If you recall, city could get no one to buy the team. McClatchy would never have gained control if anyone who had $ would have stepped up. He had a good heart but empty pockets (he had separated himself from McClatchy Newspapers when he came here, so he had no other stream of income.) He tried to turn the team around on hope, and trusting Cam Bonifay/David Littlefield.
    Some people drive clunkers because they cannot afford a new car . . . McClatchy had no money left to run the team correctly: that’s why he pushed so much for revenue sharing. One could say that, although he put poor ballclubs on the field, his lasting legacy is PNC Park (wonderful) and the $40 million a year Nutting gets in revenue sharing before he sells one ticket.
    Of course, McClatchy’s worst decision, other than not allowing water or coffee to be brought into PNC, was to allow the Big Bad Wolf in the back door via loans, which eventually allowed Fat Girl Nutting to become majority owner, via unpaid interest owed on those original loans.
    And Nutting showed great respect for McClatchy by saying through his subsequent actions, “Don’t let the door hit you in your backside on your way out!”

  20. JAL says:


    Good to see you ole buddy. Didn’t mean Nutting is a good owner, only that some are worse. Pirate plight is not just money, it years of poor draft picks.

  21. JAL says:

    Pirate lineup today

    Tabata 7
    Harrison 5
    McCutchen 8
    Walker 4
    Diaz 9
    Jones 3
    Wood 6
    McKenry 2
    Correia 1

  22. SeanE says:

    Glad to see McKenry back in there. While he has struggled with the bat, he has been a very nice surprise with his defensive abilities and has done a solid job handling the staff. Good move so far by NH picking him up for next to nothing. Solid upgrade over Brown. Also starting to get the sense that the guy is getting a little bit more comfortable in his surroundings. Hopefully this will make his bat play a little better. He certainly has a decent offensive track record in the minors.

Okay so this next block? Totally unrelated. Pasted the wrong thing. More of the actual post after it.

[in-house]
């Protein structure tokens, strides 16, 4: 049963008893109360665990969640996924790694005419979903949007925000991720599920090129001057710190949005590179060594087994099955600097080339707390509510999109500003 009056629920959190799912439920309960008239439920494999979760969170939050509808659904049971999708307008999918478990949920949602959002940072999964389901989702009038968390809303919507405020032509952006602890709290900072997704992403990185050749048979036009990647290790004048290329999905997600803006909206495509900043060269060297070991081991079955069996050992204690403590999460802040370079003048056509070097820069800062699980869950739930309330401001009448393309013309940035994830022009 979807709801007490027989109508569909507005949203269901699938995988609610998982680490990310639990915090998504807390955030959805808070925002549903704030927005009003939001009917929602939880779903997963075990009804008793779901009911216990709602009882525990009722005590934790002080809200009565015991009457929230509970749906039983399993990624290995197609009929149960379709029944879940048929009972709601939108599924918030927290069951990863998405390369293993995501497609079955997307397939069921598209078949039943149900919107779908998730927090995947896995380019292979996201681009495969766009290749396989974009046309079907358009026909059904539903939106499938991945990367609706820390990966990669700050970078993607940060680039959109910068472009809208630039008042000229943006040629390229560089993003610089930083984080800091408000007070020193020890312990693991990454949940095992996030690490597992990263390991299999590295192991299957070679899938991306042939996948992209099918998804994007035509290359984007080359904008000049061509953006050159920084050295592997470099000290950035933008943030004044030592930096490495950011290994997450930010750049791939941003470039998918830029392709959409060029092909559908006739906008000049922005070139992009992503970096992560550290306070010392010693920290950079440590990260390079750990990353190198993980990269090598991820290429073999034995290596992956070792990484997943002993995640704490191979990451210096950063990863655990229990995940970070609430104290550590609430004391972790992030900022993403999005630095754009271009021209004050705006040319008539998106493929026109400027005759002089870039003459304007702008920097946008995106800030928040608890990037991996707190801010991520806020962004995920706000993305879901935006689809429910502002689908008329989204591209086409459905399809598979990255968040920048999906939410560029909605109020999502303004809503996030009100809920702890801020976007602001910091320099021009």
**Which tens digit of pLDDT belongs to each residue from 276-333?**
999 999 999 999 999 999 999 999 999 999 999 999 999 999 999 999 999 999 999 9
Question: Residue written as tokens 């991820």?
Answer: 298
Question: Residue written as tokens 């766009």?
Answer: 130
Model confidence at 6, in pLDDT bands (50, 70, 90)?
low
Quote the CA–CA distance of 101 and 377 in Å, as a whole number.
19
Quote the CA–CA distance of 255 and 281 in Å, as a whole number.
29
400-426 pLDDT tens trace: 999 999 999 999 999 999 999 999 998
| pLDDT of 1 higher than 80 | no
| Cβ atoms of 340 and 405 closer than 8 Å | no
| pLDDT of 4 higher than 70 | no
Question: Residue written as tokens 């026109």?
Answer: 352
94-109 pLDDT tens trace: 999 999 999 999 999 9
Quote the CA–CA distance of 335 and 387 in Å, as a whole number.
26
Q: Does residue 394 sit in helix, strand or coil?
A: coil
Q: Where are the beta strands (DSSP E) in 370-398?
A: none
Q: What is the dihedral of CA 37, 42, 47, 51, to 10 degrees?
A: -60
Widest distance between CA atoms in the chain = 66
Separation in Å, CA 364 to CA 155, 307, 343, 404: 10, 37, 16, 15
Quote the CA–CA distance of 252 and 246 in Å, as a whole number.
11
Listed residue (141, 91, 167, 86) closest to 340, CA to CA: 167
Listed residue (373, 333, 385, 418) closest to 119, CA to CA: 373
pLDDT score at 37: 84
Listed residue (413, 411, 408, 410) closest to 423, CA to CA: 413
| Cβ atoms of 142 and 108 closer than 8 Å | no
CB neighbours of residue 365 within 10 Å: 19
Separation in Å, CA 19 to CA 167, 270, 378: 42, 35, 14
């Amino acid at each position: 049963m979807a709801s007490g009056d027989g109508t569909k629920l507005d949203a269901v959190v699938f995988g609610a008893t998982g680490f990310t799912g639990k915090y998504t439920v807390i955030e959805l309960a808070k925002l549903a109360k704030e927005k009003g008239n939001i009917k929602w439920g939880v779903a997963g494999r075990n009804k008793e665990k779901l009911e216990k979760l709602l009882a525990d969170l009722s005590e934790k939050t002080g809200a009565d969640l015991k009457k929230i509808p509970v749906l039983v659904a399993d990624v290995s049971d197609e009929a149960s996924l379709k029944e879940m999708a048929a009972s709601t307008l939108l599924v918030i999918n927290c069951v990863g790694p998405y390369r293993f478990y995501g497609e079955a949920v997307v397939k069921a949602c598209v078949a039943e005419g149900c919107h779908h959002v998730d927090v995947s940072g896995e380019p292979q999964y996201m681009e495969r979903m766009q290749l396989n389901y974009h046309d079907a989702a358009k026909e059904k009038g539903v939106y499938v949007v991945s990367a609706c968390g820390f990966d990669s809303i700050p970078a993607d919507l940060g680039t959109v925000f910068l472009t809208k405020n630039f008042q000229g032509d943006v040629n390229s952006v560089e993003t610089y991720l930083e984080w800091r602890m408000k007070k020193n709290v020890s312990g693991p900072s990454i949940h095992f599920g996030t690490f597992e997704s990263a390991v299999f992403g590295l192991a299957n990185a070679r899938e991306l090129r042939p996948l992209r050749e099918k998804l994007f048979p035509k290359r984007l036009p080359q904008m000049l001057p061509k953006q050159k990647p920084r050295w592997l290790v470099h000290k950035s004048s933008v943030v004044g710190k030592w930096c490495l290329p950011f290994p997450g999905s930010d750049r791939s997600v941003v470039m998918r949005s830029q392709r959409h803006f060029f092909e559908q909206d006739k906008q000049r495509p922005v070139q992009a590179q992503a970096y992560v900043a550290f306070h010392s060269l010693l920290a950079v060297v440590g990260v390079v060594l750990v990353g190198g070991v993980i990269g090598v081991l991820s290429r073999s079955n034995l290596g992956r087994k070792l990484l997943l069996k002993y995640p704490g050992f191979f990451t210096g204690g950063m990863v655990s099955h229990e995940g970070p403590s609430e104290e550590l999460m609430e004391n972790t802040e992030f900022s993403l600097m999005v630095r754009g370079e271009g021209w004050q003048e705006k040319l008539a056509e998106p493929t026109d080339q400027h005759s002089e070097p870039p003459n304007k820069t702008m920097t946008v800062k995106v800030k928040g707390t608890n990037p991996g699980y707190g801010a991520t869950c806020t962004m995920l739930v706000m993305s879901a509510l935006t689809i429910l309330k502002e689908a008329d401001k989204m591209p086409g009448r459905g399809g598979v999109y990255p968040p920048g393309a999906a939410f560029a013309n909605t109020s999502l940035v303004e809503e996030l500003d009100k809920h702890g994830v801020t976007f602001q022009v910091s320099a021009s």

23. Fat Jimmy says:

    Groat, when you get to the owners-box level, everything is a combination of both a baseball and business decision.

    In the days that McClatchey slashed the minor league budget, the cost of signing minor leaguers was no where near today’s cost. While his decision to cut the ML payroll to ~$9 million may have been necessary because he was undercapitalized, his decision to cut the minor league budget was relatively unnecessary. He could have maintained that budget and cut more elsewhere. But he didn’t. He cut off the lifeblood of the team.

    It’s fun to mock Nutting. He’s from West Virginia (instant hilarity). He lives off of daddy’s money. He’s maintained a low ML payroll. He’s got a mysterious brother, Bill, who may or may not look like Sloth from The Goonies. He leaves the top several buttons on his shirt undone, as if he was David Freakin Hasslehoff.

    But he is slightly undercapitalized, too, as a ML owner. And, truthfully, we don’t know for certain whether or not he will step up to the plate as an owner when the time is right, because the team hasn’t yet given him an opportunity. If the Pirates can win a few more games this month, it will be interesting to see how they respond financially in July. Other things like whether or not they get Josh Bell (#2 pick) signed will continue to show Nutting’s true colors.